Portland Flood, 1894
In late May and early June of 1894, the Willamette River rose well above 30 feet, flooding the central business district of Portland. The water remained for days, inspiring some Portlanders to accept the situation with the humor as displayed in this shot of “hunters” taking aim at decoys floating down the street.
People adjusted to the inconvenience by using canoes, rowboats, and any other conceivable water conveyances to travel through the city. Boys fished in the downtown streets. Shopkeepers raised shelves above the floodwaters and reopened for business, and the fire department commissioned barges to carry fire engines to duty. One enterprising saloon keeper moved his business to a houseboat so people could row in for a drink.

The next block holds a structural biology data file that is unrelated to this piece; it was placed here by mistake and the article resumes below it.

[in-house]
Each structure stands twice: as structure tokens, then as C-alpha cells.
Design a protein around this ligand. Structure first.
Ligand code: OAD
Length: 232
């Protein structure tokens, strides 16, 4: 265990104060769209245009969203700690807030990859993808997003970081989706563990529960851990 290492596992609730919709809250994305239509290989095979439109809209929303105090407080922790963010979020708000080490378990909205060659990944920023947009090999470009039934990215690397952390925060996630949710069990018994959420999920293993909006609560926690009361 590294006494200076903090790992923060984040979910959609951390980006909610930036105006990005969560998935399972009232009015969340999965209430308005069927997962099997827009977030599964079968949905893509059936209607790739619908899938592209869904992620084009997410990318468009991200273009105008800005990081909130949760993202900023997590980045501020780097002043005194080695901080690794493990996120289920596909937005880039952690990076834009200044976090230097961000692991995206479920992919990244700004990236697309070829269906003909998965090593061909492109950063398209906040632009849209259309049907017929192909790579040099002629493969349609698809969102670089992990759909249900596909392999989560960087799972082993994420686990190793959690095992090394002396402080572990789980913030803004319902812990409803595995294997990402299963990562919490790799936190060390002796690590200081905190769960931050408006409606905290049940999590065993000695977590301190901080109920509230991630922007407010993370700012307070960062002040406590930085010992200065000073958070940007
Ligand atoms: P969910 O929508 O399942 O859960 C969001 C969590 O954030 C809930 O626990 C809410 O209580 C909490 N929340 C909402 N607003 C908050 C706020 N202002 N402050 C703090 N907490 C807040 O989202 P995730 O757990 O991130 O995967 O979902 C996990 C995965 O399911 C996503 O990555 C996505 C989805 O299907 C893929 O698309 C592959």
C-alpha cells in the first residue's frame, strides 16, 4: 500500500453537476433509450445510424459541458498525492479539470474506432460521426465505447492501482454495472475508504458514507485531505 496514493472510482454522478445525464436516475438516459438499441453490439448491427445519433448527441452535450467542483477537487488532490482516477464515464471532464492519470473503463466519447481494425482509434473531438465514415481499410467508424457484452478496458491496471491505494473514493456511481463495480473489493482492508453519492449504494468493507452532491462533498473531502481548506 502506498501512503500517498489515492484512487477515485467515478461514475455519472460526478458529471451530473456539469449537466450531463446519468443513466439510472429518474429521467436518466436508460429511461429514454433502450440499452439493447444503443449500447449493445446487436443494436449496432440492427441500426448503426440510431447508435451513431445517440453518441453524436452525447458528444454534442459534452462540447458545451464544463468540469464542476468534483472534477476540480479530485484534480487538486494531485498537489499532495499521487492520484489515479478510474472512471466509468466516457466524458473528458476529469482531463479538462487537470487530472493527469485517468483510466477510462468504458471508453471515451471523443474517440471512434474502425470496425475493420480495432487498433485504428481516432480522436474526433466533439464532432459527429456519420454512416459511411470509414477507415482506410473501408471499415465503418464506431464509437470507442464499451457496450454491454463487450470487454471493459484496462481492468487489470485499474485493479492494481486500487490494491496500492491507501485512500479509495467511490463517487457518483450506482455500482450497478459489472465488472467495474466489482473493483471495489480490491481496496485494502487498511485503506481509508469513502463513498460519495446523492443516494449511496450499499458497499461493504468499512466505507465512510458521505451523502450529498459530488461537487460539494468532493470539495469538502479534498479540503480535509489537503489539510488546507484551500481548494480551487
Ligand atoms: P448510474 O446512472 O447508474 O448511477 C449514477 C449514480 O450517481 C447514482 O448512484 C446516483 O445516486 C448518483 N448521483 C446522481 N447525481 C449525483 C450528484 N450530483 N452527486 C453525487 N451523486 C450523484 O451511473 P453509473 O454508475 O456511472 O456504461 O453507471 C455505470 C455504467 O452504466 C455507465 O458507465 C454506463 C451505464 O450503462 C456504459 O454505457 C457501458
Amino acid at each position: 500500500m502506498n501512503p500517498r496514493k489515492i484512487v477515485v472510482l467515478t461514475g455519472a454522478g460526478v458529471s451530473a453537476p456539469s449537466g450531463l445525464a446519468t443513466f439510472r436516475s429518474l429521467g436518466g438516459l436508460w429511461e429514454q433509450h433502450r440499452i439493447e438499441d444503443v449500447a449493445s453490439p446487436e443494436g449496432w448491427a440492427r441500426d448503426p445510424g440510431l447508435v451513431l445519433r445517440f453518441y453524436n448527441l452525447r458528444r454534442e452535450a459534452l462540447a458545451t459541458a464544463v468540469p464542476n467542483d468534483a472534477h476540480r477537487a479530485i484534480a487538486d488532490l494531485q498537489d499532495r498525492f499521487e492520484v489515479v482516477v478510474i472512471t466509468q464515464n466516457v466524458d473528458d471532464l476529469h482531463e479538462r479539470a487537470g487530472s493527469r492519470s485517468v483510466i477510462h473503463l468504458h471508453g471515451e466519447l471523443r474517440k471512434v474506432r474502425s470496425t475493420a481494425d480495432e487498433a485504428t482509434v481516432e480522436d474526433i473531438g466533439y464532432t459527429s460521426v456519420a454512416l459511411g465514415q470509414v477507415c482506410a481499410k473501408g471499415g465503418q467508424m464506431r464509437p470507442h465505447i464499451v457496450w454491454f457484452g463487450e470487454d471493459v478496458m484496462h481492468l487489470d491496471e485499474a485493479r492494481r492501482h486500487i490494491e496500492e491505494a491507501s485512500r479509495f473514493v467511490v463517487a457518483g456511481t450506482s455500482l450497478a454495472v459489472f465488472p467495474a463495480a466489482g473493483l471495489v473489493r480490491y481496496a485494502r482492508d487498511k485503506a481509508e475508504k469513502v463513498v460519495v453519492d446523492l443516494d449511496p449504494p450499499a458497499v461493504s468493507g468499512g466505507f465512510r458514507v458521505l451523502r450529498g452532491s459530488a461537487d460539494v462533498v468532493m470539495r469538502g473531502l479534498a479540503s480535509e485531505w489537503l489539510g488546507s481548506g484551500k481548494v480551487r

After the waters receded, damage assessments were conducted. Unlike the Columbia River flood of 1890, the 1894 Willamette River flood inundated fewer buildings, houseboats, and other floatable objects which would have otherwise washed away. However, docks and warehouses along the riverfront shifted from their foundations, sustaining substantial damage. Newspapers warned citizens that the water contained sewage and was exceedingly unhealthy. They advised the liberal use of disinfectants and that spending the summer at the seacoast or in the mountains might be a prudent idea.
Written by Trudy Flores, Sarah Griffith, © Oregon Historical Society, 2002.
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This entry was last updated on Jan. 5, 2016